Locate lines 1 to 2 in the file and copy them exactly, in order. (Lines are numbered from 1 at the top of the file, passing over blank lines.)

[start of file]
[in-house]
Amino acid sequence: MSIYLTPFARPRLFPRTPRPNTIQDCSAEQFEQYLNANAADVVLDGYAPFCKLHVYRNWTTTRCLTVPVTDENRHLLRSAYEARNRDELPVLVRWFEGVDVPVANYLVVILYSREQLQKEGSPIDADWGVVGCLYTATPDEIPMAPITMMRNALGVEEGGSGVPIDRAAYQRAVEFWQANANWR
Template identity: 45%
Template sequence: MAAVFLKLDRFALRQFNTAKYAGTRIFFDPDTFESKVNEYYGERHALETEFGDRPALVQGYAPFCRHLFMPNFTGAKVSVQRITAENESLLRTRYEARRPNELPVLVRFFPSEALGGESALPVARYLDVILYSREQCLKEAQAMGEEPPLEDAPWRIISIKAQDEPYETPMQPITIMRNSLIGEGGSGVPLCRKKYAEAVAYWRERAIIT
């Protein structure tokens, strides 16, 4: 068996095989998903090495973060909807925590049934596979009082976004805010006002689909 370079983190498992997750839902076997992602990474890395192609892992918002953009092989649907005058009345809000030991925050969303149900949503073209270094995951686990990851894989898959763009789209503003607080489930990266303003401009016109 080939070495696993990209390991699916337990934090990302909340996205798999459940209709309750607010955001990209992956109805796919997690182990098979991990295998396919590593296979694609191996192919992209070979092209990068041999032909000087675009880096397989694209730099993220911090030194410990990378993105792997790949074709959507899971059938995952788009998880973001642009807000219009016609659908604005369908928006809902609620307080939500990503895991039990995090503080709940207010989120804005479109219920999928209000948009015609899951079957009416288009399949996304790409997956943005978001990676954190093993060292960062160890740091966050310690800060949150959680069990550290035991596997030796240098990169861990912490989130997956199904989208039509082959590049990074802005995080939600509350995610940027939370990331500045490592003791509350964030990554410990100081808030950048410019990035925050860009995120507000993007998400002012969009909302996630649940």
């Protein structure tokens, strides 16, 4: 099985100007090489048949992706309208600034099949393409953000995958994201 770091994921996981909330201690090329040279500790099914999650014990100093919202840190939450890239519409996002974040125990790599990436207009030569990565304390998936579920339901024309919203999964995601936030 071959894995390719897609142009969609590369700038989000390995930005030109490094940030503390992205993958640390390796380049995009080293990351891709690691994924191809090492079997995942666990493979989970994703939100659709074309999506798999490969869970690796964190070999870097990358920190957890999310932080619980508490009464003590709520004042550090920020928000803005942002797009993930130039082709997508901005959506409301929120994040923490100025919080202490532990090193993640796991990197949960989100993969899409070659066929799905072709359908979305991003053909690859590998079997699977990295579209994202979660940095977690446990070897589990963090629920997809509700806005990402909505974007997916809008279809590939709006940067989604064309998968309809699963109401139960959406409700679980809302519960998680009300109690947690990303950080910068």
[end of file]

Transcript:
[in-house]
Amino acid sequence: MSIYLTPFARPRLFPRTPRPNTIQDCSAEQFEQYLNANAADVVLDGYAPFCKLHVYRNWTTTRCLTVPVTDENRHLLRSAYEARNRDELPVLVRWFEGVDVPVANYLVVILYSREQLQKEGSPIDADWGVVGCLYTATPDEIPMAPITMMRNALGVEEGGSGVPIDRAAYQRAVEFWQANANWR